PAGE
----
Throughout 2018 the wards at Pennine Acute NHS Trust have been encouraged to adopt the process of “Bedside handovers”. Pearce (2018) describes this as communication at the bedside, giving patients a chance to ask questions and be heard. Adopting this process has proved challenging and staff have experienced uncertainties around sharing of sensitive information, protecting privacy, how to involve patients and ultimately how to use it effectively to improve staff and patient experience.
Pennine Acute Hospitals NHS Trust
A 'Learning Matters' awards 2017 Case Study.
This eWIN Case Study looks at how Pennine Acute Hospitals NHS Trust's e-Learning Team have designed Validate Your Care (V-Care), a one-stop evidence-based online learning portal for busy nurses. V-Care is designed to assess knowledge of fundamental nursing care of nurses working in acute adult care, and provide quality assurance to the public, patients and stakeholders that our nursing workforce is up-to-date, and practising caring and compassionate evidence-based care.
Reviewing the approach of in-patient physiotherapist services across all hospital sites at Pennine Acute, and in collaboration with the Department of Health’s Emergency Care Intensive Support Team (ECIST) this project took a cross-site approach to improve patient flow and experience.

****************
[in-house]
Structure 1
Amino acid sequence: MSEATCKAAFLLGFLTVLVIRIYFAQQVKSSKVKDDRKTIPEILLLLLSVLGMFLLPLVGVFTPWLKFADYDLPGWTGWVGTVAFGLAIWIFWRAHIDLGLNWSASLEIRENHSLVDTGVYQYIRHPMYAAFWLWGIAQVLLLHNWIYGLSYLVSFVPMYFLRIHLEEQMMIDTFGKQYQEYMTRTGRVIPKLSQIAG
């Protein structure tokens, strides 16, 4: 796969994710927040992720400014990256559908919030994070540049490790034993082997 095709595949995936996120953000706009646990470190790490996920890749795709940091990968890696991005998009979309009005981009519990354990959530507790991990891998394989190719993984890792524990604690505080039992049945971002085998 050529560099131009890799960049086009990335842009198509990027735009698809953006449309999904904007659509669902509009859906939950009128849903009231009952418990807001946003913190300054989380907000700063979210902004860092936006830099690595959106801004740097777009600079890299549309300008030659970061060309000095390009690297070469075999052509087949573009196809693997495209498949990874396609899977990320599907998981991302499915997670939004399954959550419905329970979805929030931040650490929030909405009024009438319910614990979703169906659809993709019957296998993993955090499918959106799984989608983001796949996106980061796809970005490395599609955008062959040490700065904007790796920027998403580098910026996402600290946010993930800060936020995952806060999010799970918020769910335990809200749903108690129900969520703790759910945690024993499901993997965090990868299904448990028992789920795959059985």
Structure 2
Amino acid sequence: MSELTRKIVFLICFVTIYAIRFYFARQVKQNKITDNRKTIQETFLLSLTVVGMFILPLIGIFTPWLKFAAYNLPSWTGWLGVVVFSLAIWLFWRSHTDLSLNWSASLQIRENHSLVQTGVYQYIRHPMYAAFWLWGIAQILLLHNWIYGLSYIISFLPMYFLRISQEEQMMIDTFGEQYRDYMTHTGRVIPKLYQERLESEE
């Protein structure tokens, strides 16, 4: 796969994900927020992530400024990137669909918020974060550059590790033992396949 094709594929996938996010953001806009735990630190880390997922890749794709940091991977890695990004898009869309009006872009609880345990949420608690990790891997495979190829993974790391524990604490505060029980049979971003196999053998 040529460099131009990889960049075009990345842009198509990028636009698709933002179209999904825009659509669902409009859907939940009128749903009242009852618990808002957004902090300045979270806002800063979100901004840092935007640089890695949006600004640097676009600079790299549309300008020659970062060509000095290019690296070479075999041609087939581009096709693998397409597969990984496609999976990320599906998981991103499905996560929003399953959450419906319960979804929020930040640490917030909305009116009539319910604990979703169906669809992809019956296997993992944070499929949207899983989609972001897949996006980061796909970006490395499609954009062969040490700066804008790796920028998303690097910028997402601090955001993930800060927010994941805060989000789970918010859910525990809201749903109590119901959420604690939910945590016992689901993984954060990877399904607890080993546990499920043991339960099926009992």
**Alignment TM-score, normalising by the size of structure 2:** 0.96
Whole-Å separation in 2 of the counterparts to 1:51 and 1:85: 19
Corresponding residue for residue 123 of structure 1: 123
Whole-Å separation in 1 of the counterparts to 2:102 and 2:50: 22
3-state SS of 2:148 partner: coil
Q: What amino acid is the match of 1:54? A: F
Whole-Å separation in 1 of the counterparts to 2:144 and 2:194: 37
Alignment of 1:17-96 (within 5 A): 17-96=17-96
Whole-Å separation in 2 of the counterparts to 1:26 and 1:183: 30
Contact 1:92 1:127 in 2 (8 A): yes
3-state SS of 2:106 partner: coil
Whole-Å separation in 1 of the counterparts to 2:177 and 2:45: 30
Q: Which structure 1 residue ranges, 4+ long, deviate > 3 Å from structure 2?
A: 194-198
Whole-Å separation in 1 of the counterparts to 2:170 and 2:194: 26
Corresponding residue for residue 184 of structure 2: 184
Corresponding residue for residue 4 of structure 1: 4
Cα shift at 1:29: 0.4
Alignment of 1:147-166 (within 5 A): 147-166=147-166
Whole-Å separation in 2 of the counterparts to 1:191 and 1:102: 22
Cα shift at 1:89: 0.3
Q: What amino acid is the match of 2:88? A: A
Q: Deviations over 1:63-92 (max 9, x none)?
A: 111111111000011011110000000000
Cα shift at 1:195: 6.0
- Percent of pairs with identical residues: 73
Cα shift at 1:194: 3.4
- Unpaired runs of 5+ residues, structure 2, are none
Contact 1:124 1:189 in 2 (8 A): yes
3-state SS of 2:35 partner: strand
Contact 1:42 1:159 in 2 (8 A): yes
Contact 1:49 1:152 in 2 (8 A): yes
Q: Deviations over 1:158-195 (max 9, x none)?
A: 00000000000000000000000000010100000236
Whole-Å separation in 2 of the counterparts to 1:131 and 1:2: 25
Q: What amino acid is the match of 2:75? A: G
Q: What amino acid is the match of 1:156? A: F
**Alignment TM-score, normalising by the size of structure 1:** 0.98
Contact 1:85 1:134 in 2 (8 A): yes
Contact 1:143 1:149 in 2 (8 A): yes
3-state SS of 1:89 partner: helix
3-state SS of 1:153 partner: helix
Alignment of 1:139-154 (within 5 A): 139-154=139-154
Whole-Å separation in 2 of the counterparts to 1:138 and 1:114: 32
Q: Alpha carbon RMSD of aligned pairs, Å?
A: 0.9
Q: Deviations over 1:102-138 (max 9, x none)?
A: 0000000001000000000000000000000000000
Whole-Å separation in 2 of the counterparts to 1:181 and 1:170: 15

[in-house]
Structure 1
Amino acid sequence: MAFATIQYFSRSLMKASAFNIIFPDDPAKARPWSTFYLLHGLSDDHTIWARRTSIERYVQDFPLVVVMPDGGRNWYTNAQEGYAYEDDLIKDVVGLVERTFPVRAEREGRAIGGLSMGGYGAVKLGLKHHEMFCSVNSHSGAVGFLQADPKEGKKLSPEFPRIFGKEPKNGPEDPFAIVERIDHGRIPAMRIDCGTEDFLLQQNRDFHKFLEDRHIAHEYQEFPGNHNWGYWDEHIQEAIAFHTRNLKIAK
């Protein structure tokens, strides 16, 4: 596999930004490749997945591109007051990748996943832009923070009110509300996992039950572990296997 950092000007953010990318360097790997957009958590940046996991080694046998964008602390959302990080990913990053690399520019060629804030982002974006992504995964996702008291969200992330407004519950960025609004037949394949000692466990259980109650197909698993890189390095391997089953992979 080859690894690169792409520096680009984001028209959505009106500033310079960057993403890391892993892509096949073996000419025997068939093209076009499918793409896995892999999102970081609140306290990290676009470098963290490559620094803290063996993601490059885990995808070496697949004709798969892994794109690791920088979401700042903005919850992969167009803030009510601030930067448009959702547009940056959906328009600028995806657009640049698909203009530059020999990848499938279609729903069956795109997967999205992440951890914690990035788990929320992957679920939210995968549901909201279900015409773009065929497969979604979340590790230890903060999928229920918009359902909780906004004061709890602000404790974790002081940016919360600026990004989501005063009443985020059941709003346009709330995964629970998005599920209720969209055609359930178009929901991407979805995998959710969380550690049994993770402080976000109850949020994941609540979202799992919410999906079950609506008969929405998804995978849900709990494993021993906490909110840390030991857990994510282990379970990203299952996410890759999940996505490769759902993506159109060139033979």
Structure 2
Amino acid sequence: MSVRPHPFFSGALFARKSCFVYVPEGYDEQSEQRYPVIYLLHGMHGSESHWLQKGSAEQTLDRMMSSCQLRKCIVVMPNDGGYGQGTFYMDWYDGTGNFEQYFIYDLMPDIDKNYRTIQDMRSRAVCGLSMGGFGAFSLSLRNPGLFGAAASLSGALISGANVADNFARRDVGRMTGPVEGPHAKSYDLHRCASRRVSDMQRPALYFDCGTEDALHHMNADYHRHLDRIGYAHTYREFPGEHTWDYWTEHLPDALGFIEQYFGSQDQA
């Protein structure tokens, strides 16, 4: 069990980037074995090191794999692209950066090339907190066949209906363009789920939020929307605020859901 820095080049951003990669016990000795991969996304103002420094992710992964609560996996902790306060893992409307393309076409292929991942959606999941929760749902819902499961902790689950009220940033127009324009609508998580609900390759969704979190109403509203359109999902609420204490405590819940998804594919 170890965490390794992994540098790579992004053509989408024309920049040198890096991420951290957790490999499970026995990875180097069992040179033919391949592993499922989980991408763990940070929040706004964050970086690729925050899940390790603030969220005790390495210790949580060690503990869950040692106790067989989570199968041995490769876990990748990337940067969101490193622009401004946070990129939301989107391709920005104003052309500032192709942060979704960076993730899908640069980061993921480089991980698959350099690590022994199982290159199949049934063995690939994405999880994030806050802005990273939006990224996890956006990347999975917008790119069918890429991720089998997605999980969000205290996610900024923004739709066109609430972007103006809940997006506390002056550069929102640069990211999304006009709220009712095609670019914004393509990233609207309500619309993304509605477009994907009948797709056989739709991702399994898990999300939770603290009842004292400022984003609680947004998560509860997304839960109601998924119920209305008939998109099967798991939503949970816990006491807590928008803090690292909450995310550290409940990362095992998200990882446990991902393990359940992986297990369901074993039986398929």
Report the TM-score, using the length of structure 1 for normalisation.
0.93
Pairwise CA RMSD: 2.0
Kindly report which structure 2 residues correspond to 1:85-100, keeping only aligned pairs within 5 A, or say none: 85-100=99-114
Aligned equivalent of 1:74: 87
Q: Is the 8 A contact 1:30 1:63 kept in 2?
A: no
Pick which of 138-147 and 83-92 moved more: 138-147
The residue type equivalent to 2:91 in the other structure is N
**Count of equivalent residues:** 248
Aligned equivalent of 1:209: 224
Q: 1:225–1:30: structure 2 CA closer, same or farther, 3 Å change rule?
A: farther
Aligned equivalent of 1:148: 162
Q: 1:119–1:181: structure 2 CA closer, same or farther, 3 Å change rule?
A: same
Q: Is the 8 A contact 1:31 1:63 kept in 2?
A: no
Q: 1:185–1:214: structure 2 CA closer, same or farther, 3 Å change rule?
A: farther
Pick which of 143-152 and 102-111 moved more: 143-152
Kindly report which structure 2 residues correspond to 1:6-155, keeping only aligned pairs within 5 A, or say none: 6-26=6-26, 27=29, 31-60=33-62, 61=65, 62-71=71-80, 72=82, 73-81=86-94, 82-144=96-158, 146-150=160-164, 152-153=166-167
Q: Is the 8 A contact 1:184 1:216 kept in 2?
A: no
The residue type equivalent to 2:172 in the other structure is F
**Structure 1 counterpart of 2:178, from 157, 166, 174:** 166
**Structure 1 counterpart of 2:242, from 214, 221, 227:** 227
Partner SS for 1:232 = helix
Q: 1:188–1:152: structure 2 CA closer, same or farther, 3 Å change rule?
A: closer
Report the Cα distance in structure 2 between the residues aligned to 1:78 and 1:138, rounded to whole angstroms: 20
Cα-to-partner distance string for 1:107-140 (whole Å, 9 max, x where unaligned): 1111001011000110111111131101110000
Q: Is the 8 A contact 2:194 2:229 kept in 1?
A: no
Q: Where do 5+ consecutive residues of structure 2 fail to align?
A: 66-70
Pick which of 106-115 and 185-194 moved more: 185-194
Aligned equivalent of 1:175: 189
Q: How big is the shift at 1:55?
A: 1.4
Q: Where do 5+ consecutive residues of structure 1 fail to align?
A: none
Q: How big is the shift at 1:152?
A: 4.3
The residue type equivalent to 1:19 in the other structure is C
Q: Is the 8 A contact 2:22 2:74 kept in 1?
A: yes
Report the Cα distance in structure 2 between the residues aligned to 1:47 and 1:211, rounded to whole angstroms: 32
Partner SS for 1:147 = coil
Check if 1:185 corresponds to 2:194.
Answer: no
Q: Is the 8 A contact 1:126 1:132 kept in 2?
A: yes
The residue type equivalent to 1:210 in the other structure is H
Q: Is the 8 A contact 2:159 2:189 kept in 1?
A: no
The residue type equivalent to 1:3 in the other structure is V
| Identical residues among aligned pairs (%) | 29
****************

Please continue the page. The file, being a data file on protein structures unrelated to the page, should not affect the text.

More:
Since 2008, the Diagnostics Division of Pennine Acute had experienced a high turnover of middle grade anesthetists and had difficulty recruiting enough UK or EU nationals to fill the resultant vacancies. Therefore the Trust enlisted the support of Hays Recruitment Agency to undertake an overseas recruitment project in India, successfully filling all the required roles.
Pennine Acute Hospitals NHS Trust recently embarked upon widespread service reconfiguration in line with regional initiatives, which led to the merger and closure of services at various sites across the Trust. As a result this redeployment programme was launched to place all displaced employees into alternative substantive posts. This allowed 882 employees to be redeployed within the Trust, which saved circa £56,000 per person in redundancy costs.
This case study looks at how a Simulation and Clinical Skills team created a training programme designed for staff in community services at Pennine Acute Hospitals NHS Trust. Previously most training had been inappropriate mainly focussing on care in a hospital setting. The team wanted to redress this to give community staff the tools to deliver gold standard care to their patients. In April 2015 they approached the community teams at their governance meeting to ask what bespoke training they felt they needed to best serve their patients.
In 2013 the clinical skills and simulation team at the Pennine Acute Hospitals NHS Trust (PAHT) reviewed their existing training package regarding medicines management. Concerns were raised when some members of staff, who had made drug errors on the wards, were merely referred back to the same theoretical session they would have had previously. Impact evaluations revealed that existing theoretical sessions alone did not identify and challenge poor practice or reflect the drug errors happening in clinical practice.
In 2013, the Clinical Skills and Simulation team at Pennine Acute Hospitals NHS Trust (PAHT) recommended that a patient-centred approach to care needed to be reinforced much earlier in health education.The purpose of this pilot study was to introduce simulation into the education of the multidisciplinary cadet scheme, currently run by the Skills for Health Academy.